§ The Prime Minister (Mr. Attlee)
I propose, with the permission of the House, to make a statement about Lend-Lease.
I am informed that the President of the United States has issued a directive exercising his powers under the Lend-Lease Act to order all outstanding Lend-Lease contracts to be cancelled and to provide that stocks and deliveries procured under the Act must now be paid for either in cash or through credit arrangements to be negotiated. I understand that this applies to stocks of food and other supplies already in this country, as well as to those in transit or to be delivered under existing contracts. There is, however, an indication of a possible continuance of a limited range of Lend-Lease for military purposes.
The House will, I think, expect me to make some statement about the resulting situation. The system of Lend-Lease from the United States, Mutual Aid from Canada, and the accumulation of sterling by the sterling area countries have been an integral part of the war organisation of the Allies. In this way it has been made possible for us in this island to mobilise our domestic man-power for war with an intensity unsurpassed elsewhere, and at the same time to undertake expenditure abroad on the support of military operations over a widely extended area, without having to produce exports to pay for our imports of food and raw materials or to provide the cash we were spending 956 abroad. The very fact that this was the right division of effort between ourselves and our Allies leaves us, however, far worse off, when the sources of assistance dry up, than it leaves those who have been affording us the assistance. If the role assigned to us had been to expand our exports so as to provide a large margin over our current needs which we could furnish free of charge to our Allies, we should, of course, be in an immeasurably stronger position than we are to-day.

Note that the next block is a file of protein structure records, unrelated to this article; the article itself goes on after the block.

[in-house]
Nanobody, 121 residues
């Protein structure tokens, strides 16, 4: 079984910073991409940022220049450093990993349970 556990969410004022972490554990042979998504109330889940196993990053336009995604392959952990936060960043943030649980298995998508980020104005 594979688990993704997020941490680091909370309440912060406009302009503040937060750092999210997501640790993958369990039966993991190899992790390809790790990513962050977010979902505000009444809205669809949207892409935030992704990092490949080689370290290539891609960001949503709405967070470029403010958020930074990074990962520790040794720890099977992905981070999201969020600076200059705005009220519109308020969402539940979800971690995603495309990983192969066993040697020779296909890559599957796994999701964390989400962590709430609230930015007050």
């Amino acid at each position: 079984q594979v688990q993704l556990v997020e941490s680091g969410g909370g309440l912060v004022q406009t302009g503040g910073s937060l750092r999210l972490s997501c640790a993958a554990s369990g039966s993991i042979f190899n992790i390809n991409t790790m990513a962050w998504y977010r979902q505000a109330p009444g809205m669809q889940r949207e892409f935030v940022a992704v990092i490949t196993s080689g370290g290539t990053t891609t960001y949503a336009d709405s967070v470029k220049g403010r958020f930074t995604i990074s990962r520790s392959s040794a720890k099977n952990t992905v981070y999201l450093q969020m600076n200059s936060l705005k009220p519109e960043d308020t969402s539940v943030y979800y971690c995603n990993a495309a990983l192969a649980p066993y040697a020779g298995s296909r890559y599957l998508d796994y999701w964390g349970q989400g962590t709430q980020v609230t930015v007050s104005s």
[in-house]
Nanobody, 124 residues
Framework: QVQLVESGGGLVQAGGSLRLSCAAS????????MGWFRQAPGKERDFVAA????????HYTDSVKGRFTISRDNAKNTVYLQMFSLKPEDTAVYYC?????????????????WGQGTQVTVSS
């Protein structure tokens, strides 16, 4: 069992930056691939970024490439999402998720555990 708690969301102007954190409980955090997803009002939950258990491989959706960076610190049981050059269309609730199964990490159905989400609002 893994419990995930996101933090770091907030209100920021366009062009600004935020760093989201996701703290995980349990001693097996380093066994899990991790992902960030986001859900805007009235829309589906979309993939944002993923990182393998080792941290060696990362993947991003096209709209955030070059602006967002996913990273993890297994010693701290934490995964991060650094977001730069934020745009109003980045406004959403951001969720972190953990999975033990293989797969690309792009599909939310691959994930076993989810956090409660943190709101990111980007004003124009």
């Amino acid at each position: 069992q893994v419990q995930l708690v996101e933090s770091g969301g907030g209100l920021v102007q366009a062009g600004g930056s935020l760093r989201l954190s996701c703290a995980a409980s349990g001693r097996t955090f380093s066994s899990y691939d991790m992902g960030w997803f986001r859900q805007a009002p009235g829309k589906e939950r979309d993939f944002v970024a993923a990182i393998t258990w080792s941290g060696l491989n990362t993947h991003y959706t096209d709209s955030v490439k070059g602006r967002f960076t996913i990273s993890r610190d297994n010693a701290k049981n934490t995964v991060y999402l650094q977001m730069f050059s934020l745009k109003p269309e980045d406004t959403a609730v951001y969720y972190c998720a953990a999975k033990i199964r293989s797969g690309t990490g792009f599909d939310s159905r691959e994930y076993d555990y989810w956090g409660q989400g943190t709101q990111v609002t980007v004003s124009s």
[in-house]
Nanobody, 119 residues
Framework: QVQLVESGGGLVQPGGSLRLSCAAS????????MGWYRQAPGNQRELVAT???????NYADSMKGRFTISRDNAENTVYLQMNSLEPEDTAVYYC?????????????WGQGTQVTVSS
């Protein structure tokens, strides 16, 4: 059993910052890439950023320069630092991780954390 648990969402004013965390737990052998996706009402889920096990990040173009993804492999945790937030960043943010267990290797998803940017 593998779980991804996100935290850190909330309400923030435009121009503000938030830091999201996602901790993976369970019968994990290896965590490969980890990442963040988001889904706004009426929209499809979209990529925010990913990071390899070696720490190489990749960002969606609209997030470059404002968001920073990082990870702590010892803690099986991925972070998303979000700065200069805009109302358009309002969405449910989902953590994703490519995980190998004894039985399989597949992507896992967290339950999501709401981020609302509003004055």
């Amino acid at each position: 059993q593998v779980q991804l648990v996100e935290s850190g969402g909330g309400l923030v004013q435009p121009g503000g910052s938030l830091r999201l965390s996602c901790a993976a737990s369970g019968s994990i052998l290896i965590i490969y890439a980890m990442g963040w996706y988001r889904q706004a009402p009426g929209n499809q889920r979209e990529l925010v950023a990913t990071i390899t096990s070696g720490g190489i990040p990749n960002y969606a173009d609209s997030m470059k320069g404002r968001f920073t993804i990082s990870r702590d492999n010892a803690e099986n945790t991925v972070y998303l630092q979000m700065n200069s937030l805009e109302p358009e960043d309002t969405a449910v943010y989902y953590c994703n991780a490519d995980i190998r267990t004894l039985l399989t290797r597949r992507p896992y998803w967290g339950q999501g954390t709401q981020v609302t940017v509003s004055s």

We had not anticipated that operations under the Lend-Lease Act would continue for any length of time after the defeat of Japan. But we had hoped that the sudden cessation of this great mutual effort, which has contributed so much to victory, would not have been effected without consultation, and prior discussion of the difficult problems involved in the disappearance of a system of so great a range and complication. We can, of course, only demobilise and reconvert gradually, and the sudden cessation of a support on which our war organisation has so largely depended, puts us in a very serious financial position.
Excluding altogether the munitions which we have been receiving under Lend-Lease and Canadian Mutual Aid and will no longer require, our overseas outgoings on the eve of the defeat of Japan were equivalent to expenditure at the Tate of about £2,000,000,000 a year, including the essential food and other non-munitions supplies which we have received hitherto under Lend-Lease but must now pay for. Towards this total in the present year, 1945, our exports are contributing £350,000,000 and certain sources of income, mainly temporary, such as receipts from the U.S. Forces in this country and reimbursements from the Dominions for war expenditure which we have incurred on their behalf, £450,000,000. Thus the initial deficit with which we start the task of re-establishing our own economy and of contracting our overseas commitments is immense.